Investing With Values: Q1 2021

Recently, Blackrock’s former CIO of Sustainable Investing made headlines when he called out his former employer and the rest of the financial services industry for “duping” the American public with its emphasis on sustainable investing practices. He questioned the intentions of the industry’s recent push into sustainable investing, maintaining that for most it is likely a marketing ploy designed to benefit the bottom line. In addition, he concluded that there is no evidence any ESG ETF has made a material social or environmental impact. We responded to those assertions in our March blog, Sustainable Impact: Striving to be Much Better than “Better than Average.”

In that blog, we discussed how our differentiated and customized approach to sustainable investing achieves impact. We explained that active ownership is a way for clients to make a meaningful impact by directing their capital to funds who engage portfolio companies to improve their performance on important ESG issues. Areas of engagement may include companies’ environmental footprints, workforce and product safety, or board diversity. Furthermore, we discussed how achieving impact is not just about avoiding “bad actors.” Equally, if not more, important is integrating proactive approaches that seek tangible solutions to identifiable problems, such as energy or resource efficiency or gender equality. Unmentioned in our blog was how fixed income investments through sustainable bond funds can lead to positive social and environmental outcomes.

These observations underpin the unique framework of a sustainable portfolio. A sustainable portfolio incorporates two types of diversification: asset class and impact. The former is paramount. A key objective is to ensure that a portfolio is properly diversified across global asset classes commensurate with clients’ risk and return objectives. A properly constructed sustainable portfolio should achieve this goal as well as the additional objective of realizing impact across a diversity of Environmental, Social, or Governance (ESG) issues. However, the process does not end there. Clients can take the additional step of customizing their sustainable portfolios to target specific areas of impact. For example, a client may wish to emphasize impacting specific “E” or “S” issues in his or her sustainable portfolio.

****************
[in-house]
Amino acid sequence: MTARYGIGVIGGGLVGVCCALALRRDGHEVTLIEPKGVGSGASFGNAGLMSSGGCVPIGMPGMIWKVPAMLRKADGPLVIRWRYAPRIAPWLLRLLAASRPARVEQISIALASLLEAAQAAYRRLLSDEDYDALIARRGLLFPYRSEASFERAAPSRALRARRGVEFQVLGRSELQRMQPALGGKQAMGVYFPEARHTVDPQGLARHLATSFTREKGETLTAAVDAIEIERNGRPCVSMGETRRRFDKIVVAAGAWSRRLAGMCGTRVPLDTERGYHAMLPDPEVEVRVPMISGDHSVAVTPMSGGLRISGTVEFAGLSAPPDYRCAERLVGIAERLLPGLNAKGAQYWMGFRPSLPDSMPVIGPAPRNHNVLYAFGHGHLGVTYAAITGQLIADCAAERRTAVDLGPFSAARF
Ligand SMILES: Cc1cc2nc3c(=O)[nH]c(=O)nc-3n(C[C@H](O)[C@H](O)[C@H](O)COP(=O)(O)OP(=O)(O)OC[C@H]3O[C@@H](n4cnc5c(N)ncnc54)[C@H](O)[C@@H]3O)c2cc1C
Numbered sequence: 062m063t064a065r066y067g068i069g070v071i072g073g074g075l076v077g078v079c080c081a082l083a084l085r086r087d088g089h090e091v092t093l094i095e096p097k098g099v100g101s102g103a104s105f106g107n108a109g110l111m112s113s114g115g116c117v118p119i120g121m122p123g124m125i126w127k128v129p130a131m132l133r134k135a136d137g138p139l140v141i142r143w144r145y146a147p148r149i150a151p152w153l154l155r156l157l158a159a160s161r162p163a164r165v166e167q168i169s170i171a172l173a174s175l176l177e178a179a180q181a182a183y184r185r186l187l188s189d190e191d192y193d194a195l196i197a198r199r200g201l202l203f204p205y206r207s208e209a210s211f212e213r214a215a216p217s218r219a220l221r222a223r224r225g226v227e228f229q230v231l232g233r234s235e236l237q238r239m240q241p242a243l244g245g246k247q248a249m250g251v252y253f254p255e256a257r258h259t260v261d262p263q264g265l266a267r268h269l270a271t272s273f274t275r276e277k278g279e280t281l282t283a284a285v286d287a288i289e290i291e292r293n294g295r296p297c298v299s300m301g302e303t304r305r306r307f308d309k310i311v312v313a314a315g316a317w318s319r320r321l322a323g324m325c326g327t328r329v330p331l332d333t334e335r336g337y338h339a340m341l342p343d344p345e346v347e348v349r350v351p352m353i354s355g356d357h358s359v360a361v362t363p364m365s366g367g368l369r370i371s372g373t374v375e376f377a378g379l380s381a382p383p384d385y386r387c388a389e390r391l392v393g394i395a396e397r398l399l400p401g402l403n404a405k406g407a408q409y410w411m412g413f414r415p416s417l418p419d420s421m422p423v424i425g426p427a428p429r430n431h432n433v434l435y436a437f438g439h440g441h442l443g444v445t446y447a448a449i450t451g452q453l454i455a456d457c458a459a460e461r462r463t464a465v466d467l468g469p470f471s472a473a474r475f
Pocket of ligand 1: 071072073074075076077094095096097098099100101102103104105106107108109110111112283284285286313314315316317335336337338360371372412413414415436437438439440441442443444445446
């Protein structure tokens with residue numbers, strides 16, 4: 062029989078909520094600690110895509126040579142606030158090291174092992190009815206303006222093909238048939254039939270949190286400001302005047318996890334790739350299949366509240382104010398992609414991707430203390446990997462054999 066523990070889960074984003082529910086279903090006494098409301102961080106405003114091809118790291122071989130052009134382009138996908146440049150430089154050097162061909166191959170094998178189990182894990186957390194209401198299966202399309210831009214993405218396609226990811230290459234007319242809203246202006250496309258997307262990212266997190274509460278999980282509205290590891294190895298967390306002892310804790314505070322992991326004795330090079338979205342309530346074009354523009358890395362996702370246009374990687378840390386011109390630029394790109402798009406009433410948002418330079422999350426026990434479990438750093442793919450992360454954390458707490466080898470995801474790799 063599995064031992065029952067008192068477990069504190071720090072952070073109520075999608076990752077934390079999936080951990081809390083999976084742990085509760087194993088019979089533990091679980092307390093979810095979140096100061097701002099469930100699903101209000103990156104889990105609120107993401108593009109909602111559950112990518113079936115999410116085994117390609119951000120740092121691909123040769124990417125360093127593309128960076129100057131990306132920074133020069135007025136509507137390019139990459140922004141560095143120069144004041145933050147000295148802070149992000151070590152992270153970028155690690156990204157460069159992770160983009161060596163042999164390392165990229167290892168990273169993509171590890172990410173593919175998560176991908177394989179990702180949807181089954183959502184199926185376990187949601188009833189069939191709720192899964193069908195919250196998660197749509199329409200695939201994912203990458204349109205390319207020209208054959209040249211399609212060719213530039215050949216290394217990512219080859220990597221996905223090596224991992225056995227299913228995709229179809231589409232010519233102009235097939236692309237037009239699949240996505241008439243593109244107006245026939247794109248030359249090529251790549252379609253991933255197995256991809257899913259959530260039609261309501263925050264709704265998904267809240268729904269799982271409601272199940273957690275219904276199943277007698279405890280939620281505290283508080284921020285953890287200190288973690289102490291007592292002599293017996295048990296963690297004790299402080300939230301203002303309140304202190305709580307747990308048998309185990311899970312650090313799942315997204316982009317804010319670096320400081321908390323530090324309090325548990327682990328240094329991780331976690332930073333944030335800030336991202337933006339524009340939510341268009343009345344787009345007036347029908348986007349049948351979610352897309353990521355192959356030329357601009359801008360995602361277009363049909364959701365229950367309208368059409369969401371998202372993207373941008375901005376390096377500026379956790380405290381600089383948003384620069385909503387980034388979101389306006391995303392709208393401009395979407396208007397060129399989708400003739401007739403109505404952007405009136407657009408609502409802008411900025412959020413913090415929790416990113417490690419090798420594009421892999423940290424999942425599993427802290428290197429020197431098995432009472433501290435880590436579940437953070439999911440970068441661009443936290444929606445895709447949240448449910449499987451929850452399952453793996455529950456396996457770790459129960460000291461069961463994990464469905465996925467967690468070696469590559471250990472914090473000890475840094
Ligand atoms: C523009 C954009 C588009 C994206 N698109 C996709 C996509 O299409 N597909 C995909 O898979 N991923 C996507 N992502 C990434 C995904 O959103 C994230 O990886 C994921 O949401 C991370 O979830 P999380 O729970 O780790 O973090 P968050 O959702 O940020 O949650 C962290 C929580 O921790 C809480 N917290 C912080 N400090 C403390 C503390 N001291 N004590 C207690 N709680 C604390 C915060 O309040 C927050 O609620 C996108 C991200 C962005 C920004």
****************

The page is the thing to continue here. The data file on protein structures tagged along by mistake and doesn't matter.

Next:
This framework is represented visually as follows. The pie chart represents a hypothetical sustainable portfolio and not an actual client’s portfolio. Traditional asset classes are represented inside the pie chart. As you can see, the portfolio is well-diversified across several different asset classes. The portfolio’s impact diversification is shown outside of the pie chart, illustrating different ways the client is realizing impact within each asset class. In this example, the client also feels strongly about impacting environmental issues. Thus, part of their global equity portfolio is dedicated specifically to target companies providing solutions to global energy and water challenges. The decision to emphasize a particular impact area(s) is primarily client-driven, in consultation with their advisor.


Sustainable Investing Trend to Watch: Precision Agriculture

According to the United Nations Food and Agriculture Organization, by 2050 food production is expected to increase 70% in developed countries and 100% in developing countries. Unfortunately, regions with the strongest growth in food demand are also expected to have the highest levels of land and water scarcity. Furthermore, the Intergovernmental Panel on Climate Change estimates that agriculture accounts for 70% of global freshwater use. Thus, it is evident that agriculture is the common denominator between our need for both land and water efficiency.

Fortunately, there have been many exciting advancements in technology aimed at increasing crop yields and reducing waste usage in agriculture. These new technologies are often referred to as precision agriculture (“ag”). Precision ag typically involves the use of large amounts of data to enable farmers to become more accurate, efficient, and less resource intensive when growing crops or raising livestock. For example, digital soil mapping is a technique used to determine the differentiation of soil types and properties. Farmers can use that data to make more informed decisions on where to plant crops or graze cattle. GPS controllers are used to automatically steer equipment based on the coordinates of a field, thereby reducing overlap passes. Moreover, drip irrigation systems are increasingly being used to minimize water lost to evaporation. The precision ag market is estimated to double by 2025 (Mordor Intelligence), and the gross capital investment needed for irrigation development and management may reach $1 trillion by 2050. (UN FAO)




1Relative to S&P 500 Index
Source: Morningstar Direct

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